Five SJSU/MLML faculty members receive funding from California Sea Grant & CSU COAST

Three new SJSU/MLML research projects are officially Sea Grant-funded! California Sea Grant has announced funding for a total of seven new research projects led by early-career faculty members throughout the state. The one-year projects focus on two key areas of California Sea Grant’s strategic plan: sustainable fisheries & aquaculture, and coastal resilience. This year, a new partnership with the CSU Council on Ocean Affairs, Science & Technology (COAST) provided non-federal match to new CSU faculty members whose research focuses on supporting the state of California’s highest priority marine, coastal and coastal watershed related needs for scientific information.

SJSU/MLML faculty will serve as PIs on the following three projects:

  • Chemical oceanographer Dr. Maxime Grand and co-PI research faculty member Dr. Luke Gardner will lead a new project focused on quantifying volatile bromocarbon emissions from seaweed aquaculture in California.
  • Invertebrate ecologist Dr. Amanda Kahn and co-PIs Dr. Kerstin Wasson and Dr. Luke Gardner will investigate the use of energetics and metabolism to enhance Olympia oyster aquaculture and outplanting success.
  • Ichthyologist Dr. Scott Hamilton and phycologist Dr. Michael Graham will serve as co-PIs on a new project led by SJSU professor Dr. Maya deVries investigating whether co-culture of seaweeds and shellfish improves shell integrity in farmed red abalone.

Congratulations to all our SJSU/MLML faculty members and their collaborators on these exciting new ventures! Learn more about all seven newly funded research projects here.

Alumna Dr. Edem Mahu receives prestigious FLAIR fellowship from the African Academy of Sciences

We are thrilled to announce that SJSU/MLML alumna Dr. Edem Mahu was recently awarded a 2020 Future Leaders – African Independent Research (FLAIR) fellowship from the African Academy of Sciences and the Royal Society! These prestigious awards provide two years of research funding to outstanding early-career African scientists. Dr. Mahu will use the fellowship support to gauge the impacts of climate change and non-climate stressors on oyster fisheries in the Gulf of Guinea, which sustain impoverished communities in several surrounding countries and are increasingly under threat.

Dr. Mahu first came to MLML in 2010 as a foreign exchange student from the University of Ghana to complete her Master’s degree research with Dr. Kenneth Coale, then Director of MLML. She focused her studies on the potential impact of an oil spill to the sediment microbial activity in Elkhorn Slough. Using oil from the Deep-Water Horizon spill, she combined sediment geochemistry with the fluoroscene diacetate method (recently developed by Dr. Nick Welschmeyer’s lab) to quantify the impact.  Dr. Mahu then returned to MLML to conduct her Ph.D. research working with Dr. Coale and Dr. Ivano Aiello. This time she came bearing sediment cores from several estuaries throughout Ghana. With help from researchers at MLML and USGS she age-dated the cores, performed mineral analysis and trace metal concentrations to develop an understanding of sediment provenance (where the sediments came from) in each one of the corresponding watersheds and link the contamination to specific processes. She returned to the University of Ghana and successfully defended her Ph.D. becoming the first marine biogeochemist in Ghana.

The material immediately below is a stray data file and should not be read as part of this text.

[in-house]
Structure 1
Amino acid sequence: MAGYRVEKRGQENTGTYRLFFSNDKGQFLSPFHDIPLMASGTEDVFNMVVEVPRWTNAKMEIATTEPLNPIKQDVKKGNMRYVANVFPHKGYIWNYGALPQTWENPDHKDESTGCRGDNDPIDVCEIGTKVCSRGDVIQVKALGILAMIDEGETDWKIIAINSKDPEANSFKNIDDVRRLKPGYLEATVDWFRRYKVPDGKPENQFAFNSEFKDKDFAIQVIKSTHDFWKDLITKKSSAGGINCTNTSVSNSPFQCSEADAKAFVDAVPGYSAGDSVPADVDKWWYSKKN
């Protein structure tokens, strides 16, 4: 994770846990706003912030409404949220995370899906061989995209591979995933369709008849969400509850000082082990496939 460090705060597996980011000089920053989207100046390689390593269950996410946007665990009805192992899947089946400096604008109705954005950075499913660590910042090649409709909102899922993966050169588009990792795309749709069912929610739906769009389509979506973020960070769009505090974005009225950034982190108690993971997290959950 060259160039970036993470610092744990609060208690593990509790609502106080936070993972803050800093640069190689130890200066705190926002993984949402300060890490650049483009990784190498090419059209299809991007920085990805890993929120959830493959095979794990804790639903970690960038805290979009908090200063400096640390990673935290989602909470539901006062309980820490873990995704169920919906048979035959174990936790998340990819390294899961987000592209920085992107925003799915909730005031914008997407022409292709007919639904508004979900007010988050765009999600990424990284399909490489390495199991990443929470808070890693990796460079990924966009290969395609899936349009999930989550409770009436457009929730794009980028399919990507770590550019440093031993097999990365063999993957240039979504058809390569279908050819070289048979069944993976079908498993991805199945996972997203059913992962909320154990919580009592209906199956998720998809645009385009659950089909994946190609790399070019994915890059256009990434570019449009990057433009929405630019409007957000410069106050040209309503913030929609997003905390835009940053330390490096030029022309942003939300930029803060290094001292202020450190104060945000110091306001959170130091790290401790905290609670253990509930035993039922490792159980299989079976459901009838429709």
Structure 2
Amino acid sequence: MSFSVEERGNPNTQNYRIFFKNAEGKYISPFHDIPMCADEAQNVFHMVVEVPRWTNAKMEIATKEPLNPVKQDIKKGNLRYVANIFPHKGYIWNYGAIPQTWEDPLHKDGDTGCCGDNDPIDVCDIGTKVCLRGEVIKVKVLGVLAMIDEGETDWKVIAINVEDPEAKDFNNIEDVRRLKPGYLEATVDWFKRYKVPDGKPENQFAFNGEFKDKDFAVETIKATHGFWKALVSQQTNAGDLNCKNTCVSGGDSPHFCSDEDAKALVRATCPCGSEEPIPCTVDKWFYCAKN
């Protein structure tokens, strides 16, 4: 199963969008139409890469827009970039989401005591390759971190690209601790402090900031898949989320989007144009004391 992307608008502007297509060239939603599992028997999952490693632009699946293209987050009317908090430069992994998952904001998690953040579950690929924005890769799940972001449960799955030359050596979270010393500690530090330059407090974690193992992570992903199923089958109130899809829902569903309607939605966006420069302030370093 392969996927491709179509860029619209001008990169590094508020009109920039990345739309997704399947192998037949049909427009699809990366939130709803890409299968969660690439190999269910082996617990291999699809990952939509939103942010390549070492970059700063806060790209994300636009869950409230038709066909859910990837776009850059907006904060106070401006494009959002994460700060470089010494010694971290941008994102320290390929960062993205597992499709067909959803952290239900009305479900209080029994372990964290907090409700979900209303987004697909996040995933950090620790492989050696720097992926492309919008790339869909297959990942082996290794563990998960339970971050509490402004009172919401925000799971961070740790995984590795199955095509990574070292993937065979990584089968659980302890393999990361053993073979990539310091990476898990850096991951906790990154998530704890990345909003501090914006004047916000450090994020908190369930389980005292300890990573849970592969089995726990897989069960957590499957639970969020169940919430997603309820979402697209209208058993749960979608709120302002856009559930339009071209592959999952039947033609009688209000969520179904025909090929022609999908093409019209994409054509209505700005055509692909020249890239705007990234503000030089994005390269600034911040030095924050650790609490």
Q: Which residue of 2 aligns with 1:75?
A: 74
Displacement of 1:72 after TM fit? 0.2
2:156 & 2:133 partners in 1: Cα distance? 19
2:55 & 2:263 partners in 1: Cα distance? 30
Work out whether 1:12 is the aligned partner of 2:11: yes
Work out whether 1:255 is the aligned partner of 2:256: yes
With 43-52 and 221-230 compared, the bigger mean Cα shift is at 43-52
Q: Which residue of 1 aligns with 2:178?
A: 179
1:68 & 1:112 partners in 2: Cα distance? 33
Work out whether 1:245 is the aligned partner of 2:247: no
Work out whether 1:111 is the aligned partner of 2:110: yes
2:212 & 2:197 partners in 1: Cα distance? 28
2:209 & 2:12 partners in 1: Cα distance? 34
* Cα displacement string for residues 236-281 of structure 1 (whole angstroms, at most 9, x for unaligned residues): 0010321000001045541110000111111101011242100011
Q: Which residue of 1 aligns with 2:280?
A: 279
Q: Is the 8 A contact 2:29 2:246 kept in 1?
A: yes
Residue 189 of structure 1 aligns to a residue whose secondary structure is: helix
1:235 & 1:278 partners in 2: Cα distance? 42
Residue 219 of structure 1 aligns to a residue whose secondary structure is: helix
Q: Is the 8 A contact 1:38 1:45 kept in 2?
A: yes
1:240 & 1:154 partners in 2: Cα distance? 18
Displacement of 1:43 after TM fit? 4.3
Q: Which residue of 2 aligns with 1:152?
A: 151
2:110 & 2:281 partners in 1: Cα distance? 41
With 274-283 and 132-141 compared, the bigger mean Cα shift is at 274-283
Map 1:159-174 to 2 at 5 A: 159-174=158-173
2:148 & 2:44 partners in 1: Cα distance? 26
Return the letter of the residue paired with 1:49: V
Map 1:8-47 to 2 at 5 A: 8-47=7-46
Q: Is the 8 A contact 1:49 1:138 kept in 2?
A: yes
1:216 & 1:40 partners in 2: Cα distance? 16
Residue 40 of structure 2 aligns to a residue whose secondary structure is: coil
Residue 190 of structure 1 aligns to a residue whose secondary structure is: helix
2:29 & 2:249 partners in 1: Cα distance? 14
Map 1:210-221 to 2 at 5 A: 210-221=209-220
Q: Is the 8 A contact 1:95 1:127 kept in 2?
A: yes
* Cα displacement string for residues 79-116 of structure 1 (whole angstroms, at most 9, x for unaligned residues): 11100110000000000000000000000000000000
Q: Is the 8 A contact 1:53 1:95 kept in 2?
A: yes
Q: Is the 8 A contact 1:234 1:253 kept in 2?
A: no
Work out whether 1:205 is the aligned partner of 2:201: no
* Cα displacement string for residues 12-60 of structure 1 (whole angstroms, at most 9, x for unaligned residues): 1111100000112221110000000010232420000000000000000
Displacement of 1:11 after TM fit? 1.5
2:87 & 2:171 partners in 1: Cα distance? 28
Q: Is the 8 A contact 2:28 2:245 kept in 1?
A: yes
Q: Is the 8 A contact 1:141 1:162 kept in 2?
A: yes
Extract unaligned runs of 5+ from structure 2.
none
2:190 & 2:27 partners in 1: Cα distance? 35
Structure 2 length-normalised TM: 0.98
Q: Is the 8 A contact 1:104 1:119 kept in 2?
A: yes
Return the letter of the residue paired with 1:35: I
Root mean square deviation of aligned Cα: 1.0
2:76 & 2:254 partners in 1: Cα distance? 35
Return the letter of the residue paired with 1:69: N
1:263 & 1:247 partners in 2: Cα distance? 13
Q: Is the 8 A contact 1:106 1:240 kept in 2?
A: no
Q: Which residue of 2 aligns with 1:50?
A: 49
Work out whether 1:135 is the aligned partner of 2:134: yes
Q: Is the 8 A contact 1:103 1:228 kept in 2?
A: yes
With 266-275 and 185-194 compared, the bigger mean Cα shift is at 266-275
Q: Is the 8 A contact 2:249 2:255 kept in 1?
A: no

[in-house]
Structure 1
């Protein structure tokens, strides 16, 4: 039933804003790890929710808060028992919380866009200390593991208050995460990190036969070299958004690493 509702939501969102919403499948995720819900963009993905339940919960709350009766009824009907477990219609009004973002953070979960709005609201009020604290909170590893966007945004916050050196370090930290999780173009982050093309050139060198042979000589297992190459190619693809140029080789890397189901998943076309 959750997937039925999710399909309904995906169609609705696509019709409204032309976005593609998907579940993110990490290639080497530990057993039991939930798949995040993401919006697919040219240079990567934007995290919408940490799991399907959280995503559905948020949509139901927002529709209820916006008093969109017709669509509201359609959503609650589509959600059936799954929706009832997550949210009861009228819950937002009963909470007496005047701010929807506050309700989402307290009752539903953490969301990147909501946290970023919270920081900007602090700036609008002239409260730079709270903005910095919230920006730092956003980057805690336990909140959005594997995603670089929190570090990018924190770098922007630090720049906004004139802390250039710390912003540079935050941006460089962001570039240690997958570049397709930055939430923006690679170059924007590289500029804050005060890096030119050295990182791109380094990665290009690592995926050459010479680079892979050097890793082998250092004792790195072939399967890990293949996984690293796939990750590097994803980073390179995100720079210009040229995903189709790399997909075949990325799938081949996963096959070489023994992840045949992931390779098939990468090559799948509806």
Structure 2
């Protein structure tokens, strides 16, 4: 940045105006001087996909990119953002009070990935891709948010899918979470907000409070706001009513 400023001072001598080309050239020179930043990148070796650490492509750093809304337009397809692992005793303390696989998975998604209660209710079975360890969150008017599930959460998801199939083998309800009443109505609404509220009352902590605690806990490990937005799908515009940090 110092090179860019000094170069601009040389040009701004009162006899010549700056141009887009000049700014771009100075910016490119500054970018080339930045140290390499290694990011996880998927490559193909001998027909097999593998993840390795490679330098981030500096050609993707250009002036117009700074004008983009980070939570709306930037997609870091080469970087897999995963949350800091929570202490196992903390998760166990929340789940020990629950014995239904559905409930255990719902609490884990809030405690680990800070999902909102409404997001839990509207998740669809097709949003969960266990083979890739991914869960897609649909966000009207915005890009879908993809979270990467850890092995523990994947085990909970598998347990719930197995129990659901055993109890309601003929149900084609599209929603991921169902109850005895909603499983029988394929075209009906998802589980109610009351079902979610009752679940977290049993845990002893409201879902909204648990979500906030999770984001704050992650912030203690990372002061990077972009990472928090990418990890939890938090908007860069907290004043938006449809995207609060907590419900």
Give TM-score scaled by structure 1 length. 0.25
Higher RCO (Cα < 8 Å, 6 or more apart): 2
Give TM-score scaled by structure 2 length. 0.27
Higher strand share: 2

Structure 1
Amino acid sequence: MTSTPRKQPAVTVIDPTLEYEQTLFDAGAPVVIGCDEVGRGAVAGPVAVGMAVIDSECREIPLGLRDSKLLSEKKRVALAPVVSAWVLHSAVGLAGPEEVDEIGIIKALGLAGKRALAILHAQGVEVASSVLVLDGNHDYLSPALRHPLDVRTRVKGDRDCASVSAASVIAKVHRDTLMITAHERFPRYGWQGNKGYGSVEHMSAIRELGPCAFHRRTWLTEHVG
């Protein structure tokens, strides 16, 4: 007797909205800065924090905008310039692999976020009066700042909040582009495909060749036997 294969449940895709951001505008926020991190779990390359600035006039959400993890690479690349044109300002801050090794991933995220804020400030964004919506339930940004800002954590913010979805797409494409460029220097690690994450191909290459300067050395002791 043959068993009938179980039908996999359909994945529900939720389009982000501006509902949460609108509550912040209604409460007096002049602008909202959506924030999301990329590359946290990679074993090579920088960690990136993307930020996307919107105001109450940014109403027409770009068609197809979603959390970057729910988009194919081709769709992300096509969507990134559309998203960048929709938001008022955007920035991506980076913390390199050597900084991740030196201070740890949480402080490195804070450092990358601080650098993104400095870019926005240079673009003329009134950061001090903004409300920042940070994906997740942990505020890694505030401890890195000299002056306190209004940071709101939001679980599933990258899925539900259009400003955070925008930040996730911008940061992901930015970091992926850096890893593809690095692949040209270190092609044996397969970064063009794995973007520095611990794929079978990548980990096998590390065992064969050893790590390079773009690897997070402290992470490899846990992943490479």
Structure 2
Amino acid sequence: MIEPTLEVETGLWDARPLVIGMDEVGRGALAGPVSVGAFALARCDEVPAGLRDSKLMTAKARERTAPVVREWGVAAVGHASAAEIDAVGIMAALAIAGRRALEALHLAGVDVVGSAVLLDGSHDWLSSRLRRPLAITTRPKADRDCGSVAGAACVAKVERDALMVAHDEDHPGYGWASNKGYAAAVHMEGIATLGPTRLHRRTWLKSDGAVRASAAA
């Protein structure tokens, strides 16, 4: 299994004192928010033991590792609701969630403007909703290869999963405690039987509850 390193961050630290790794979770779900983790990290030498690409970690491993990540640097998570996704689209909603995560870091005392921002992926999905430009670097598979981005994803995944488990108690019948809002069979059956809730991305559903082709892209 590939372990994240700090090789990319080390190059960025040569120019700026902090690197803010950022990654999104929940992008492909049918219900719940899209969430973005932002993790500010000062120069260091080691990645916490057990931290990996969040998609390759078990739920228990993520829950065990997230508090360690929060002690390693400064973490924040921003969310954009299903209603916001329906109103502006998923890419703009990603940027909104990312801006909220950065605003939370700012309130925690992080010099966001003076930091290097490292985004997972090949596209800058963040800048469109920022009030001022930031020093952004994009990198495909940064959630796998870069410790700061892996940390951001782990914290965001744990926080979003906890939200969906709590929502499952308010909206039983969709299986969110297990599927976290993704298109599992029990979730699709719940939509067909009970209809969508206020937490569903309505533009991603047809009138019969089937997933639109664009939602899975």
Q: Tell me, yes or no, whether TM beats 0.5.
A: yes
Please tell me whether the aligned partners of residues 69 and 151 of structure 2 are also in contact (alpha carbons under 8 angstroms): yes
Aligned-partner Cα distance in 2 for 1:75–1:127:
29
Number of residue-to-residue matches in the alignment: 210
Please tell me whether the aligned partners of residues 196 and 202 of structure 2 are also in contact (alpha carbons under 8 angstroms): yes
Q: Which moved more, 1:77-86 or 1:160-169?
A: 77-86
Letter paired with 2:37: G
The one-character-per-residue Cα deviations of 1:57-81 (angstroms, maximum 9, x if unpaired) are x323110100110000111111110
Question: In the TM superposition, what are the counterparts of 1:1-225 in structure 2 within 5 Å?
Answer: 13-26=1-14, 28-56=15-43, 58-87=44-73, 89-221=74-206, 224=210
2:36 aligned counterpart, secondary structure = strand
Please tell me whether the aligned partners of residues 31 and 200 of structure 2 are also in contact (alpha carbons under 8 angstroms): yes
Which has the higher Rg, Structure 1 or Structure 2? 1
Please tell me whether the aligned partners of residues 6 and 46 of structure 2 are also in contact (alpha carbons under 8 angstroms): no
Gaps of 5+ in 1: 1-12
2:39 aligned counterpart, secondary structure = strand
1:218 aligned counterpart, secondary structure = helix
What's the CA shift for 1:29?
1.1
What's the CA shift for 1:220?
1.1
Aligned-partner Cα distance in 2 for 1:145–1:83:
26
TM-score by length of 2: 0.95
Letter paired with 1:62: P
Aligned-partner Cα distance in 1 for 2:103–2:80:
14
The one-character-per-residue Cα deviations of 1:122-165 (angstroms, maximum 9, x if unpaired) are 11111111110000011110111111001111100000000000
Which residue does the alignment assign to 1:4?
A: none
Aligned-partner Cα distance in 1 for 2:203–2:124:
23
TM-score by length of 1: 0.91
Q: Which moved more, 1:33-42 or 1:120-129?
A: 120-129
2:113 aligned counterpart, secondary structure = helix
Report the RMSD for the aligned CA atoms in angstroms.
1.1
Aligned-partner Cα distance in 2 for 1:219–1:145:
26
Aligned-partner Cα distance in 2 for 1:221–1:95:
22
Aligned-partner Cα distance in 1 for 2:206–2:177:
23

Now a lecturer at the University of Ghana, Dr. Mahu continues to collaborate and publish with MLML scientists. She was also recently awarded an OWSD Early Career Fellowship from the United Nations' Organization for Women in Science for the Developing World. Through this fellowship, she is developing affordable and easily accessible soil nutrient testing kits to prevent the spread of fertilizers from farmlands into lagoons and other coastal environments in Ghana. Congratulations on your tremendous success, Dr. Mahu!

Thesis Defense by Alex Olson – December 3rd, 2018

The Biogeochemical Behavior and Speciation of Mercury in the Sea Surface Microlayer:

Implications for Transport to Watersheds via Fog

A Thesis Defense by Alex Olson

Chemical Oceanography Lab

Monday, December 3rd, 2018 at 10am

MLML Seminar Room